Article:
I'm getting ready to begin practice for this year's play, "Goldilocks and the three bears." This year we're making it bigger and better! Last year we only had around fifteen kids or so. This year we're presenting thirty children, a good majority of them first graders, so things ought to be fun and interesting.

I've dumped my private class because I got sick of their laziness and I wasn't getting paid enough. But, there is a possibility I might restart it again later, but under different circumstances. So now, my Tuesday and Thursday afternoons are free! My free time is important to me.

Well, enough for now. Just wanted to let you all know I'm still alive and kicking. I'm on a day off today since it's the Queen's birthday...three day weekend! Stay tuned!


Saturday, June 18, 2005

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Happy Birthday!

This Sunday marks the 60th birthday of the famous Myanmar pro-democracy advocate and Nobel Prize laureate, Aung San Suu Kyi.

Unfortunately, she'll be celebrating yet another birthday under house arrest.

Myself, as well as people all over the world, will have her in their thoughts and wishing her continued courage and strength in her fight for democracy and human rights in Myanmar.


Monday, May 23, 2005

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The new term has started and what a delightful bunch of kids I have this year! The holiday was awesome, but I was getting a bit bored and restless, so it's good to get back to work again.

A new classroom was built, just for my youngsters and I. We now occupy the old listening lab upstairs in the Prathom building, so it's convenient for all my students as well as myself and my Thai assistant Chu. The other classroom was nice, but it was a special classroom belonging to the school and doubled as a conference room for important events, so you couldn't really decorate all that much.

Now I have a whole classroom to fix up. In addition, plenty of nifty ideas for drawing and painting activities for the kids. Kind of like one big refrigerator door, if you know what I mean.

I've also begun teaching private classes in the evenings. My friend Wut and his sister Bua came up with the idea for an English discussion group and so far, it's evolved into an elaborate advanced English study class. The class is lucrative, as well as enjoyable, and we've even begun an online English discussion site.

On the home front, I've gone cooking crazy. Over the holidays, I went out and purchased a slow cooker, convection oven with rotisserie, microwave, and blender. I was getting pretty frustrated with my cooking limitations, so now I have no excuses. Nevertheless, cooking ingredients remain a bit of a problem.

During the holidays, I began to poke around Hat Yai, exploring new areas and asking questions about where to obtain certain cooking ingredients. My exploits paid off, leading me to a virtual cornucopia of okra, purple eggplant, avocados, imported cheeses, tortilla chips, lentils, cilantro, fresh basil, black-eyed peas, garbanzo beans, halibut, imported salmon, pitted black olives, and although I still can't find flour or corn tortillas, I've discovered a nifty little Indian restaurant that sells their Naan and Chapati (Indian flat breads) to me, in bulk.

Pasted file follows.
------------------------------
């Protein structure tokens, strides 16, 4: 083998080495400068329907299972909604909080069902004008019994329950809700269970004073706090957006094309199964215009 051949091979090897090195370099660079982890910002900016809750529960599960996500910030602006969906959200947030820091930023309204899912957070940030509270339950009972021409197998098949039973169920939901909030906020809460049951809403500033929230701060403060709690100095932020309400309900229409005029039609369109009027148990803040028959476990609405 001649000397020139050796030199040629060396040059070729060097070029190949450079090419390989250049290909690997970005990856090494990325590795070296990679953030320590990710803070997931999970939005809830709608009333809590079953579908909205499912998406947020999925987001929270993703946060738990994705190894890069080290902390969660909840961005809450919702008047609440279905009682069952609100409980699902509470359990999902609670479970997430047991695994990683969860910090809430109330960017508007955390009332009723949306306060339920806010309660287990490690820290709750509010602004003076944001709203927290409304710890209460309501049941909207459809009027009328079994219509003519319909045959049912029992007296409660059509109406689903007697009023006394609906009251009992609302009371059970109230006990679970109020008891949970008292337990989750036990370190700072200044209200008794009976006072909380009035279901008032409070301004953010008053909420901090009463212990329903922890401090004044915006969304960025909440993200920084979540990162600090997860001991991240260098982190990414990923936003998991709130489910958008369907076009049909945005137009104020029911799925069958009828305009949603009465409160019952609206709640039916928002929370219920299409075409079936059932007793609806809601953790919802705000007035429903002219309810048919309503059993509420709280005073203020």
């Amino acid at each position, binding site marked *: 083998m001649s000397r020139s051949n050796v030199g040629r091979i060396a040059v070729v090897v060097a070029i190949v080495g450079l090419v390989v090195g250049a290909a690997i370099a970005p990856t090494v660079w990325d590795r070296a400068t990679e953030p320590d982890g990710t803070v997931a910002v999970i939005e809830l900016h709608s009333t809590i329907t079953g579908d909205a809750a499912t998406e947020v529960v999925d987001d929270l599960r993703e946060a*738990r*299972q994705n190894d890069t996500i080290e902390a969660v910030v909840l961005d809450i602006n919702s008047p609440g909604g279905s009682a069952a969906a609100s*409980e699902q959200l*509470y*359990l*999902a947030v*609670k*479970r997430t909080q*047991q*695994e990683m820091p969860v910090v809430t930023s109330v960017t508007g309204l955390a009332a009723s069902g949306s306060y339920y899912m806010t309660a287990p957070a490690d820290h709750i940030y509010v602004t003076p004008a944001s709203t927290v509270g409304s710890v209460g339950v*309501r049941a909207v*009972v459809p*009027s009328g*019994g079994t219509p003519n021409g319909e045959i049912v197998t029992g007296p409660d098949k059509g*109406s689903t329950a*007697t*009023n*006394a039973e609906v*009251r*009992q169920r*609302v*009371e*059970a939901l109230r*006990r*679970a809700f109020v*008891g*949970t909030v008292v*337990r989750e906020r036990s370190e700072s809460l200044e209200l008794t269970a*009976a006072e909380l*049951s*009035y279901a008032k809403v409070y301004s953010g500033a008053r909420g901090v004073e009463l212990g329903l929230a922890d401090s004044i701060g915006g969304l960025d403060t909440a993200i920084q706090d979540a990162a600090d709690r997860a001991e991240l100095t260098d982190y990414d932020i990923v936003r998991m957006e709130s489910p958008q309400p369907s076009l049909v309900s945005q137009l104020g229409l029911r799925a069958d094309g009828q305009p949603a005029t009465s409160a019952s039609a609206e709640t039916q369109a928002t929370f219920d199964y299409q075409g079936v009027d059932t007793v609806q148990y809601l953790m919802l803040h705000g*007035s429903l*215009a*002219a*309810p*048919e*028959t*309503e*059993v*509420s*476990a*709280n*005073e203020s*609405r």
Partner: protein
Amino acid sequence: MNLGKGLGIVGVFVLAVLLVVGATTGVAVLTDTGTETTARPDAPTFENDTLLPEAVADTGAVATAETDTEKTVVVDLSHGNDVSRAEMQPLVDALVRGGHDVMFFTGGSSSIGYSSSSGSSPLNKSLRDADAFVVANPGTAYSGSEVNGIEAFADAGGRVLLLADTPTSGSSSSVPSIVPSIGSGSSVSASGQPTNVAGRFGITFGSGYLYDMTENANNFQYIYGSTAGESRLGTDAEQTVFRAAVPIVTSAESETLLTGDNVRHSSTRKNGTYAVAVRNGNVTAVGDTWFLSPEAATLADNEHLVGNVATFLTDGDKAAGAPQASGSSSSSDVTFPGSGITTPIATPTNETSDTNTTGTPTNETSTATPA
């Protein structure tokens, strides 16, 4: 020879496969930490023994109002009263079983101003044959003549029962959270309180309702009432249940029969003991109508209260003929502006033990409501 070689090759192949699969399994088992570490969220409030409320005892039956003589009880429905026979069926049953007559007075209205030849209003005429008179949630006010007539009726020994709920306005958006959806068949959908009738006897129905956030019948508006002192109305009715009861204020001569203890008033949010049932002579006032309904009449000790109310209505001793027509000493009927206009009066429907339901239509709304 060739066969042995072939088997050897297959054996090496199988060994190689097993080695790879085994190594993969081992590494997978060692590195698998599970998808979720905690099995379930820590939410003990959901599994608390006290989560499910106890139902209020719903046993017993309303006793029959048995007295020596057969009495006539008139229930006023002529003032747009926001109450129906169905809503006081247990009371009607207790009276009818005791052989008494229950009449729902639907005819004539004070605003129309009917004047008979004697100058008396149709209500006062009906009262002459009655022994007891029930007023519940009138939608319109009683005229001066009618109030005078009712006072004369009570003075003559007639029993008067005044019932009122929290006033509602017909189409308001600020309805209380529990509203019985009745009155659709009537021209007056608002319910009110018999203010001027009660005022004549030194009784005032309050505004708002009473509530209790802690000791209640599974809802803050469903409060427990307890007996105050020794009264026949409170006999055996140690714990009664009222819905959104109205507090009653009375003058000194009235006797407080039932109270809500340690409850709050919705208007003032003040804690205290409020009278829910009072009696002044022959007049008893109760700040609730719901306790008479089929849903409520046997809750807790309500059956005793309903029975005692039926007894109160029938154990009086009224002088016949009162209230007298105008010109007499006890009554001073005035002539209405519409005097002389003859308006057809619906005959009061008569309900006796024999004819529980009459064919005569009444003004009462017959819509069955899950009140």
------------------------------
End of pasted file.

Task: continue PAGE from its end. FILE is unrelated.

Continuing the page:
Now when I have a recipe in hand, it becomes an adventure.

Legumes are located at the Rattakarn Road wet market, avocados and black olives at TOPS market in the basement of Central Department Store, tortilla chips at Carrefour and salsa at Tesco Lotus...then a quick motorcycle taxi ride to Namaste Orange Indian Restaurant for my Naan or Chapati.

I've got more exploring to do, as I've heard of a place where I can buy blue cheese! Buffalo wings here I come!


Thursday, May 19, 2005

Do you like poetry?

If you do, you should visit the "Making Sasha," site. It's curiously gluttonous!


Thursday, May 05, 2005

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Hanging meat in an Asian wet market...

A Day in the Life of Jeeem in Thailand

Forging on down the road past the "Number Two Tables," I wander into our local wet market to purchase some coffee and ingredients for a stew I'm making.

Wet markets, famous in Asia, are so-named because of the water on the floor. Controversial in many parts of the world as, "Disease harboring cesspools," one has to experience a wet market to fully understand the allure that these local revelations of cultural diversity create.

My first trip to an Asian wet market was in San Francisco, Agusan del Sur, Philippines. Outside the market, I witnessed four Filipino men trying to load a huge, bound, screaming, squealing hog into the back of a tiny motorella. I remember feeling sympathetic for this poor animal, but looking back, I realize that most Asian people do not share the love for animals that westerners do.

The next thing I remember about that wet market was the smell.

Wet markets sell a little bit of everything. Shirts, shoes, fruit, live animals, candy, dry goods, vegetables, cooked food and of course...raw red meat, hanging on steel hooks. Refuse is often thrown into drains or tossed about on the floor, only to be washed away at the end of the day or the start of the new day.

At first, the smell is enough to make you gag. Chickens are slaughtered on site, the blood spewing about onto the floor; fish are cleaned on tables smeared with blood, scales and assorted grime, their entrails dumped in buckets or onto the floor. Where there are live animals, there is excrement.

You get the idea.